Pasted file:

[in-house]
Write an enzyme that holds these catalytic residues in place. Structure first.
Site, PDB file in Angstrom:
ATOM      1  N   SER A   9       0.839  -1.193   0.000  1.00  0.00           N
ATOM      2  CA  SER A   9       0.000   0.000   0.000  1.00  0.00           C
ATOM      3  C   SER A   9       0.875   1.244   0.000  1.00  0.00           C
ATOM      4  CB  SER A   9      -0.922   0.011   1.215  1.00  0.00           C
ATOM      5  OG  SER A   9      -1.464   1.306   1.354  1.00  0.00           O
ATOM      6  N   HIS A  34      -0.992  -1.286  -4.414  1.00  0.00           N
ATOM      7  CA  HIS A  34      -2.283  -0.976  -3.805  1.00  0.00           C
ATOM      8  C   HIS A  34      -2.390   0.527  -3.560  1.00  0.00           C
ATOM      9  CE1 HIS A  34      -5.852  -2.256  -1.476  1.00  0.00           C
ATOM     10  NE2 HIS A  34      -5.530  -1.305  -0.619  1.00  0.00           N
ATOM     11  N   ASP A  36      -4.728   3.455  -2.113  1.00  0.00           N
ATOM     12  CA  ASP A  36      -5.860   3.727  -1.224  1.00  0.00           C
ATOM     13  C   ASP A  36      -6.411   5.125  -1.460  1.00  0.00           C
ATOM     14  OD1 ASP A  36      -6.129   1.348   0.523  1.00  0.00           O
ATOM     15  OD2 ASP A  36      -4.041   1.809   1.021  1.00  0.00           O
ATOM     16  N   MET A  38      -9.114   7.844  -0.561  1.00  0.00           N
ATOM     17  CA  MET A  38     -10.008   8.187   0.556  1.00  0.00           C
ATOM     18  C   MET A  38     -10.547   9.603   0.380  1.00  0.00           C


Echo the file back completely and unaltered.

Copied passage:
[in-house]
Write an enzyme that holds these catalytic residues in place. Structure first.
Site, PDB file in Angstrom:
ATOM      1  N   SER A   9       0.839  -1.193   0.000  1.00  0.00           N
ATOM      2  CA  SER A   9       0.000   0.000   0.000  1.00  0.00           C
ATOM      3  C   SER A   9       0.875   1.244   0.000  1.00  0.00           C
ATOM      4  CB  SER A   9      -0.922   0.011   1.215  1.00  0.00           C
ATOM      5  OG  SER A   9      -1.464   1.306   1.354  1.00  0.00           O
ATOM      6  N   HIS A  34      -0.992  -1.286  -4.414  1.00  0.00           N
ATOM      7  CA  HIS A  34      -2.283  -0.976  -3.805  1.00  0.00           C
ATOM      8  C   HIS A  34      -2.390   0.527  -3.560  1.00  0.00           C
ATOM      9  CE1 HIS A  34      -5.852  -2.256  -1.476  1.00  0.00           C
ATOM     10  NE2 HIS A  34      -5.530  -1.305  -0.619  1.00  0.00           N
ATOM     11  N   ASP A  36      -4.728   3.455  -2.113  1.00  0.00           N
ATOM     12  CA  ASP A  36      -5.860   3.727  -1.224  1.00  0.00           C
ATOM     13  C   ASP A  36      -6.411   5.125  -1.460  1.00  0.00           C
ATOM     14  OD1 ASP A  36      -6.129   1.348   0.523  1.00  0.00           O
ATOM     15  OD2 ASP A  36      -4.041   1.809   1.021  1.00  0.00           O
ATOM     16  N   MET A  38      -9.114   7.844  -0.561  1.00  0.00           N
ATOM     17  CA  MET A  38     -10.008   8.187   0.556  1.00  0.00           C
ATOM     18  C   MET A  38     -10.547   9.603   0.380  1.00  0.00           C